Roger

Bobpatchcott
14th January 2011, 05:23 PM
Hi
I have it on my E-3 and I don't think I could live without it now.
I'm getting on a bit and am very shaky these days so it stays on at all times when using the camera hand held.

Regards to all.*chr

benvendetta
14th January 2011, 07:06 PM
No, it is insurance. Must say that I don't even think about it and rarely drop to a SS that really benefits from IS.

meach
14th January 2011, 07:27 PM
It never occurs to me that the function is even available, so I've never really tried it out properly. I experimented with it once but didn't really see any benefit (it probably wasn't needed for the shots I was taking) and even worse I forgot to turn it off again. The next pics I took were on a tripod and turned out really badly so of course I blame the IS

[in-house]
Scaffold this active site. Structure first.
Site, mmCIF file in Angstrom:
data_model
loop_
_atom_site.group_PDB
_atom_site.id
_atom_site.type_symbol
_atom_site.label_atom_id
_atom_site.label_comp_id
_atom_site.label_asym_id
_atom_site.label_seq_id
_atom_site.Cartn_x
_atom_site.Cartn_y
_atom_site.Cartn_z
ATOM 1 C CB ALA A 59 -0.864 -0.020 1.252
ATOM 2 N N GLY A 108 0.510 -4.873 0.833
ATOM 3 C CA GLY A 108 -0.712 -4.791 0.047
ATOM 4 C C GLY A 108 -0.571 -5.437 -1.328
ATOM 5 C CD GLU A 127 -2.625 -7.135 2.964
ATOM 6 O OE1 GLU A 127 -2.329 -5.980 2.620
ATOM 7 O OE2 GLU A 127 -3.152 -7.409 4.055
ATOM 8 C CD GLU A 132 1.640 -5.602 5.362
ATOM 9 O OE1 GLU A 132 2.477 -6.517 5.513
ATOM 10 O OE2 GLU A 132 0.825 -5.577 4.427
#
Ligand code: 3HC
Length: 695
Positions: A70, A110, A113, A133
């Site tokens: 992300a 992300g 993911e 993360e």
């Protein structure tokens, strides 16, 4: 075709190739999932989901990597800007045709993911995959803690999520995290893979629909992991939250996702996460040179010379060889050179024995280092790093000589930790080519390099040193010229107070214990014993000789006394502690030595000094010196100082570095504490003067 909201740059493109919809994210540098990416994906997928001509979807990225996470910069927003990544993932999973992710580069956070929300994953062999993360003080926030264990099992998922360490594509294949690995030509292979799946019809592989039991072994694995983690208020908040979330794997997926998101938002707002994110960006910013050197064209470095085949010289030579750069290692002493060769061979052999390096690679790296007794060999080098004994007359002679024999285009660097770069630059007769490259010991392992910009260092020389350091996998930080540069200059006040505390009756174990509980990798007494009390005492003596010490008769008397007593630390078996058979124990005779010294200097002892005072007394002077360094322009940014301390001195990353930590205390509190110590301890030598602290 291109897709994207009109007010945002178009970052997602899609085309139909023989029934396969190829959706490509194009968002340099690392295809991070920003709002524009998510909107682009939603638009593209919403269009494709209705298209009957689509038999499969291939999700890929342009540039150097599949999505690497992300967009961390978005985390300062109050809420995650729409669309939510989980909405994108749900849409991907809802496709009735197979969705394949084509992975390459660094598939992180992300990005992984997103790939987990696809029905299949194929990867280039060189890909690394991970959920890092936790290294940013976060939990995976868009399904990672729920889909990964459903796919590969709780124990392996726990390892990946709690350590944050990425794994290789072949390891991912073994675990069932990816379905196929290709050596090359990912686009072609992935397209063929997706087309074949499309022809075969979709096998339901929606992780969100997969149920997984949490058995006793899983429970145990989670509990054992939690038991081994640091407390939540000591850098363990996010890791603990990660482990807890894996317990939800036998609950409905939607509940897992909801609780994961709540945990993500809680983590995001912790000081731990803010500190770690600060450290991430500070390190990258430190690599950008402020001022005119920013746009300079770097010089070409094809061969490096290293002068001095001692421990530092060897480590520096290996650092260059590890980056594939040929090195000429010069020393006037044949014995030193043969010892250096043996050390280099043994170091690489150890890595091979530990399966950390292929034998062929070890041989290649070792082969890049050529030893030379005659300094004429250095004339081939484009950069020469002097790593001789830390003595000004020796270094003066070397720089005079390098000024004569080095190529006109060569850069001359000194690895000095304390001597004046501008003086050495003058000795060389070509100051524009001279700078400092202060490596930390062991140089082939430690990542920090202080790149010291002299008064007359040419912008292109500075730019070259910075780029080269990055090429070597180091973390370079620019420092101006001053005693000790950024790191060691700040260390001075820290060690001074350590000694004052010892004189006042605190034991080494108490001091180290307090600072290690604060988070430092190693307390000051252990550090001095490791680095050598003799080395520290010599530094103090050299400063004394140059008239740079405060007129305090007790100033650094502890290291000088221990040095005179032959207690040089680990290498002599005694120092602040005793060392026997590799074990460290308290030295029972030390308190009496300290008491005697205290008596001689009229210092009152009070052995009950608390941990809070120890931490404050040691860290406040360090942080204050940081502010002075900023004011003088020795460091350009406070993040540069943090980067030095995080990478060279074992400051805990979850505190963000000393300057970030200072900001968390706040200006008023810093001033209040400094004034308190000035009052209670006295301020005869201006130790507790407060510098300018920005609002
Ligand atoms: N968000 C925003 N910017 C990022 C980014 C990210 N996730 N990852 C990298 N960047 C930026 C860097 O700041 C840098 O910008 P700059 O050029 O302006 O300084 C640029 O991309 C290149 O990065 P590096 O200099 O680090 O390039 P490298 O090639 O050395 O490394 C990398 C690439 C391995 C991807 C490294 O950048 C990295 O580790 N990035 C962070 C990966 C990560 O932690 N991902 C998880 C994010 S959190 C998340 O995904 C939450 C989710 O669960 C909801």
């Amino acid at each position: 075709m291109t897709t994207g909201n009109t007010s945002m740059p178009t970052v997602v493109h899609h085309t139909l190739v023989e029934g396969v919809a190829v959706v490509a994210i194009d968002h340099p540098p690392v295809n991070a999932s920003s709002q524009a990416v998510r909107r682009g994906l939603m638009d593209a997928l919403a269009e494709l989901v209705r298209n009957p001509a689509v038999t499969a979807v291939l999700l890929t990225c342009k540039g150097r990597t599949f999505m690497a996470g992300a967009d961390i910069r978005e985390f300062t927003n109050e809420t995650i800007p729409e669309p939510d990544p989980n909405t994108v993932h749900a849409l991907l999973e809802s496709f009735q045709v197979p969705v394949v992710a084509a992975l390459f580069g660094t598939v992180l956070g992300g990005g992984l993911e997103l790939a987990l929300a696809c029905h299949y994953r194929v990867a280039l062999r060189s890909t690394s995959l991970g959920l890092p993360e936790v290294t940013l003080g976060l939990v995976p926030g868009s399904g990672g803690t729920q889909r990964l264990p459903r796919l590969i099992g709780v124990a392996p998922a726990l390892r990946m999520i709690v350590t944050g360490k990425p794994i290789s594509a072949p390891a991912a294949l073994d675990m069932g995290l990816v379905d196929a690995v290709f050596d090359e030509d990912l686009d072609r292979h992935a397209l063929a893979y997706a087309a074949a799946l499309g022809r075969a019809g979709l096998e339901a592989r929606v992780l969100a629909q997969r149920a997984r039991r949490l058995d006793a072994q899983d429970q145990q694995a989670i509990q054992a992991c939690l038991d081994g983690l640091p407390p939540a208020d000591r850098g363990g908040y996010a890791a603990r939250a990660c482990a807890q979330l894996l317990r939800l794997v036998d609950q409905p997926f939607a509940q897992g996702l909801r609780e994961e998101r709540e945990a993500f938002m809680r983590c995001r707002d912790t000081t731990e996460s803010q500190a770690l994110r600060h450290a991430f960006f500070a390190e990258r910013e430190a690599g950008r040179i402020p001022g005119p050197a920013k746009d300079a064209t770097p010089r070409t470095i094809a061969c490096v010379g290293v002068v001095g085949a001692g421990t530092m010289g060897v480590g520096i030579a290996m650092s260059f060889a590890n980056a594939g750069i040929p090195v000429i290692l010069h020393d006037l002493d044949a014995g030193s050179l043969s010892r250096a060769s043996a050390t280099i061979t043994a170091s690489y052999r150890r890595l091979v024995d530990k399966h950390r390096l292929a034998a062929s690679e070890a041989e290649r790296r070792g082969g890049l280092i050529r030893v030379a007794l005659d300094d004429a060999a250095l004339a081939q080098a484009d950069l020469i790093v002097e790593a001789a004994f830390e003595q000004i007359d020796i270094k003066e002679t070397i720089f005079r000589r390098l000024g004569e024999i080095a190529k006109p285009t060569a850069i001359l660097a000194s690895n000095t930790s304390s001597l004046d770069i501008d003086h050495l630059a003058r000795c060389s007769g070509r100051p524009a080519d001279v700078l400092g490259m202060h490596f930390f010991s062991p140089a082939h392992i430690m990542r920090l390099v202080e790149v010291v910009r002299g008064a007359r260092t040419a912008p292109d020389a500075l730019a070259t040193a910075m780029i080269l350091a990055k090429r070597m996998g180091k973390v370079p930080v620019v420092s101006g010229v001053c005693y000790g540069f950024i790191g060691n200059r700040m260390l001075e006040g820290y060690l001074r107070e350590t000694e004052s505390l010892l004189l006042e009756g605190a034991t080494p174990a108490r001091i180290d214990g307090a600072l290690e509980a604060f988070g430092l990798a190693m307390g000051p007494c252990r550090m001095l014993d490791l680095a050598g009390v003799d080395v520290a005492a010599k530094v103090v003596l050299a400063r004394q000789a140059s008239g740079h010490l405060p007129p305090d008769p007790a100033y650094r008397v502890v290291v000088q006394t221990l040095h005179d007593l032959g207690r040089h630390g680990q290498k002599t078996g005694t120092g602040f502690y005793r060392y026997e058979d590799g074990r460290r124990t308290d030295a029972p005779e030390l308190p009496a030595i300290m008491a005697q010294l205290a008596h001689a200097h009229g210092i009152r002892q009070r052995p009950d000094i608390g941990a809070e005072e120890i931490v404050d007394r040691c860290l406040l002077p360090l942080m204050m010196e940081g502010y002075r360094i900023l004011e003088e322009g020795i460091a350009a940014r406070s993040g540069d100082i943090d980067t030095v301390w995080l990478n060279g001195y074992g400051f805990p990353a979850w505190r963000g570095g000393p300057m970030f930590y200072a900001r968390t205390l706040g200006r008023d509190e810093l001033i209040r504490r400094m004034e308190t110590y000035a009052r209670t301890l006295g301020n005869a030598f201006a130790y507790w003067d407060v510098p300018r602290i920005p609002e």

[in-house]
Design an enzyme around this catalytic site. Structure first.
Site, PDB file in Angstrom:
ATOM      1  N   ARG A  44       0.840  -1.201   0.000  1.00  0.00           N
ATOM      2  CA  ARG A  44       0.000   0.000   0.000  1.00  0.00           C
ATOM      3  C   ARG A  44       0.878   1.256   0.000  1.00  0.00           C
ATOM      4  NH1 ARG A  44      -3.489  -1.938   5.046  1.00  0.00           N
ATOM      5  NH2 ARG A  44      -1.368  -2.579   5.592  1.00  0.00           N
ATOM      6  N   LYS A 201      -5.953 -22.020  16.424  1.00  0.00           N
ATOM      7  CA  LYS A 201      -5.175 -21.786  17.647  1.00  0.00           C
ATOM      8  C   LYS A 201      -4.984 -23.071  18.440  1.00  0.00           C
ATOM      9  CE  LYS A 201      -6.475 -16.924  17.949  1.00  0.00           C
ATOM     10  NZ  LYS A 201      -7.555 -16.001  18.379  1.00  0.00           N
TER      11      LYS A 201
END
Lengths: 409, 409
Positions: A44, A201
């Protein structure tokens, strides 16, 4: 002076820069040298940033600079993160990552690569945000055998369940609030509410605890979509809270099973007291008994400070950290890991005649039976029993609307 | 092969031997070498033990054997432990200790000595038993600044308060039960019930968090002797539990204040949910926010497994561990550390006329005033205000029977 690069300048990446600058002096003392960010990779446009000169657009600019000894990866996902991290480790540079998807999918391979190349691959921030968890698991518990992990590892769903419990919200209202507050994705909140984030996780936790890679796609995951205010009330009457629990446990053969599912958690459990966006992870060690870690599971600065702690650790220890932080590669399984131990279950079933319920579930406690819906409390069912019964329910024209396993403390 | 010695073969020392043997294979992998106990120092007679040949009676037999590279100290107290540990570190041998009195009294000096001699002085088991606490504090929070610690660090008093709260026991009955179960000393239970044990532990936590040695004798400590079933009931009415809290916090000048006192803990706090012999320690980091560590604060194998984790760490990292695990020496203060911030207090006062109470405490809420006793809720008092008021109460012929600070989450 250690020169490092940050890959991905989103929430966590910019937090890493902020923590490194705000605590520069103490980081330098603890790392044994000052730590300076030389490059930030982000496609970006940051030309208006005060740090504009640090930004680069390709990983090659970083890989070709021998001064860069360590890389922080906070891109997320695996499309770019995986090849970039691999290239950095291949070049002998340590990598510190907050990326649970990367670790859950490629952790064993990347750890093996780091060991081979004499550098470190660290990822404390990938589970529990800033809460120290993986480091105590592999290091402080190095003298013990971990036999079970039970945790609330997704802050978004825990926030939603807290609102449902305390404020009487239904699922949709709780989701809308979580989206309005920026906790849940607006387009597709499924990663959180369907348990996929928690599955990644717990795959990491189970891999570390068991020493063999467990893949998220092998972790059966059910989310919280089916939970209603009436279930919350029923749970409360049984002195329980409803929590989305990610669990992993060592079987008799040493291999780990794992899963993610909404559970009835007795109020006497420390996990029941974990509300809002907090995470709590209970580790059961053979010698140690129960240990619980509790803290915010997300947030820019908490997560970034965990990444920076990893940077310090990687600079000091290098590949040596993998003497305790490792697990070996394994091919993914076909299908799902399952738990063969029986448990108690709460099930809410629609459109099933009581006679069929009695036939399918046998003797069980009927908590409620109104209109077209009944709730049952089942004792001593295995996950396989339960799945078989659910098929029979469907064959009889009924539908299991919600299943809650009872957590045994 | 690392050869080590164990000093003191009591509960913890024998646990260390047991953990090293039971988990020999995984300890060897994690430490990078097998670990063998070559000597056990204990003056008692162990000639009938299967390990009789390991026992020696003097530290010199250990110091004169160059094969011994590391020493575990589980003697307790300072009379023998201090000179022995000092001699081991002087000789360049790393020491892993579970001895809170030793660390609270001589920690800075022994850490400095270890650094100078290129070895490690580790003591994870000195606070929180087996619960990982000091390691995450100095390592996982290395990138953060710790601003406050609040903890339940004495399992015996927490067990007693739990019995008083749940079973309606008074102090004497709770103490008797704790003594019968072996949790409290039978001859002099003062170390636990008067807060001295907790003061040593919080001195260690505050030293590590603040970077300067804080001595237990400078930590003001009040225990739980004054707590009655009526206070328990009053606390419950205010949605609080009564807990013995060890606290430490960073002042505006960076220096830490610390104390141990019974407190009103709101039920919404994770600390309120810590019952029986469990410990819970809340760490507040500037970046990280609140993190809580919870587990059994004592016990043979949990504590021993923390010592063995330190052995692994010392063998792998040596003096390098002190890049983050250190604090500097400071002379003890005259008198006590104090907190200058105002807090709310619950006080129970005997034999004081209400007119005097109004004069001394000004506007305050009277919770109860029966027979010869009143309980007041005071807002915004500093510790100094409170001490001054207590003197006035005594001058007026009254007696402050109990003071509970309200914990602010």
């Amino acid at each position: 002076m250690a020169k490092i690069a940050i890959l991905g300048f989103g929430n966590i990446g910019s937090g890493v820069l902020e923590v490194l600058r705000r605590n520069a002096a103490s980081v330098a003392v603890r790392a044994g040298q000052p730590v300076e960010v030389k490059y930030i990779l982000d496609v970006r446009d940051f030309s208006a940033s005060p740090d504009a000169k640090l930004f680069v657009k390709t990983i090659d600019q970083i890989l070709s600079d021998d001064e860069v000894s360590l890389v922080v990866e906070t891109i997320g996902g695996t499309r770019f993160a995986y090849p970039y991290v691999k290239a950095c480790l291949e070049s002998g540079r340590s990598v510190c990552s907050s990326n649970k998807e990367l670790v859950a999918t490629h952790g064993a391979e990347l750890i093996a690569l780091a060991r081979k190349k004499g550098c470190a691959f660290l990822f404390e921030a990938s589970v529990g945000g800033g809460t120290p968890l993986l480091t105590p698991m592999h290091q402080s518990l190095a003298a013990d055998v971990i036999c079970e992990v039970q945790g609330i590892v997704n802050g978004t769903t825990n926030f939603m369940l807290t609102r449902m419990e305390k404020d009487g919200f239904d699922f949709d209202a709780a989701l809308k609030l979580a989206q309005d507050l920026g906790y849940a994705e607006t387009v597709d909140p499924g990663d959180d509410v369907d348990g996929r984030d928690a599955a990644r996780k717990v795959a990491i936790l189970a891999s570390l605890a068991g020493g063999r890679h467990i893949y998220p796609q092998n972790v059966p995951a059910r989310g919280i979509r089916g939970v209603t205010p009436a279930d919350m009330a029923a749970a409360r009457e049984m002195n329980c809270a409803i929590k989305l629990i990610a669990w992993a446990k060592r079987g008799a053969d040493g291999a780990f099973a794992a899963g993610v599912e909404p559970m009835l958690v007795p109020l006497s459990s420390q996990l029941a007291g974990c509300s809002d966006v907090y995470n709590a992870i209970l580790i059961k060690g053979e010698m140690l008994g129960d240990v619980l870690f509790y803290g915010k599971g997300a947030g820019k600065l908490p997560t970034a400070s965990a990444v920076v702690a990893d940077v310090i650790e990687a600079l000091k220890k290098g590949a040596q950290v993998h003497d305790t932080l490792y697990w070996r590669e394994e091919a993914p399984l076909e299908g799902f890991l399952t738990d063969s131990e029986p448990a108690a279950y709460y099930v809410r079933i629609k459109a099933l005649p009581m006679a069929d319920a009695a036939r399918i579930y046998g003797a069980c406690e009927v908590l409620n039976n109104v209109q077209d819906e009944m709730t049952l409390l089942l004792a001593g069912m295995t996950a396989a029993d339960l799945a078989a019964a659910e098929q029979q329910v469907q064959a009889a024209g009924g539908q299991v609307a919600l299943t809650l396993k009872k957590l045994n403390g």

photo_owl
14th January 2011, 07:29 PM
it's going to depend a lot on what you shoot but in my case I wouldn't go out without it.

tomke
14th January 2011, 07:39 PM
IS was one of the main reasons I choose my first Olympus camera, the E510 and now E30. I am so used to it that I would not want to be without it. It surely helps me to make good photos in difficult circumstances.

David M
14th January 2011, 11:07 PM
Very rarely use it as my E-3 and E-410 are tripod mounted 99% of the time.

The reason I got an E-410 rather than the E-510 was because I didn't need IS

Zuiko
15th January 2011, 02:09 AM
I've probably got a skewed vew of it, as my hands tend to tremble (Parkinson's Disease). For me it's often essential, a real hobby saver! I can't envisage being without it now. However, do bear in mind that although it will greatly improve your chances of getting a sharp shot in marginal circumstances, it won't work miracles! Also, at slow shutter speeds it might stop camera movement but it won't have any effect on subject movement. Of course, for landscapes I still prefer a tripod, you won't get much steadier than that! :D